NATIONAL BUREAU OF ECONOMIC RESEARCH
NATIONAL BUREAU OF ECONOMIC RESEARCH

Business Groups and the Big Push: Meiji Japan's Mass Privatization and Subsequent Growth

Randall Morck, Masao Nakamura

NBER Working Paper No. 13171
Issued in June 2007, Revised in July 2007
NBER Program(s):Corporate Finance, Industrial Organization, Economic Fluctuations and Growth

Rosenstein-Rodan (1943) and others posit that rapid development requires a 'big push' -- the coordinated rapid growth of diverse complementary industries, and suggests a role for government in providing such coordination. We argue that Japan's zaibatsu, or pyramidal business groups, provided this coordination after the Meiji government failed at the task. We propose that pyramidal business groups are private sector mechanisms for coordinating and financing 'big push' growth, and that unique historical circumstances aided their success in prewar Japan. Specifically, Japan uniquely marginalized its feudal elite; withdrew its hand with a propitious mass privatization that rallied the private sector; marginalized an otherwise entrenched first generation of wealthy industrialists; and remained open to foreign trade and capital.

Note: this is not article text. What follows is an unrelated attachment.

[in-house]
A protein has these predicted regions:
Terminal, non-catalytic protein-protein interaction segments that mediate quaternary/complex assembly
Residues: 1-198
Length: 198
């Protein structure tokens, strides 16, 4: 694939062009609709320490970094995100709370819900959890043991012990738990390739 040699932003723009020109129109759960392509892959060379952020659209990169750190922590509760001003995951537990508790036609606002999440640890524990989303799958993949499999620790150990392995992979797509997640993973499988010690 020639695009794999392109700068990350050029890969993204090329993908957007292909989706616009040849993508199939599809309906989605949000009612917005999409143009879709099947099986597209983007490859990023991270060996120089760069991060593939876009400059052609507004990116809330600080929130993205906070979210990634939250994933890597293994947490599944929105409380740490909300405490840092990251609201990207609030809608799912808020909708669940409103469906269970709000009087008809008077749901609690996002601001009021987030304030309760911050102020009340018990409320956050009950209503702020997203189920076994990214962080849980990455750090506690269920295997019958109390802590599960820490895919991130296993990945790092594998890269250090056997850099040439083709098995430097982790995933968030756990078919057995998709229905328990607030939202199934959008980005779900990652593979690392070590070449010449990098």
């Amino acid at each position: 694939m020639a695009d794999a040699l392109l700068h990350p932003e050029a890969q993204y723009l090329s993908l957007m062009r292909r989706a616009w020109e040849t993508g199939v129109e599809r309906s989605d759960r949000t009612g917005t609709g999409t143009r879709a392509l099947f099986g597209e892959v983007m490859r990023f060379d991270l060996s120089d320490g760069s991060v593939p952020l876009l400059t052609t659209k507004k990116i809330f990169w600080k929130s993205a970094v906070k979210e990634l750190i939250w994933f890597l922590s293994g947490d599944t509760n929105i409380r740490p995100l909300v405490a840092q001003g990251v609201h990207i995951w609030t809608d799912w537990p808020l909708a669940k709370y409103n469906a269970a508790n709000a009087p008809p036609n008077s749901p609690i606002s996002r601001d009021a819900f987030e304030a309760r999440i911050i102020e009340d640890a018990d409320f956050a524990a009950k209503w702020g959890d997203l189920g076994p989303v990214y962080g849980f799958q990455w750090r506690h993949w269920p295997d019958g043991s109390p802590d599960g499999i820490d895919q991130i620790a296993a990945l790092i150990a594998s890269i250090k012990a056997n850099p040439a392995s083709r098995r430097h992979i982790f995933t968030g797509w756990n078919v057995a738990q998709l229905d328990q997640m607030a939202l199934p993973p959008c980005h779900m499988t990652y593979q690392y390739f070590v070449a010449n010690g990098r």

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Document Object Identifier (DOI): 10.3386/w13171

Published: Randall Morck & Masao Nakamura, 2007. "Business Groups and the Big Push: Meiji Japan's Mass Privatization and Subsequent Growth," Enterprise and Society, vol 8(03), pages 543-601.

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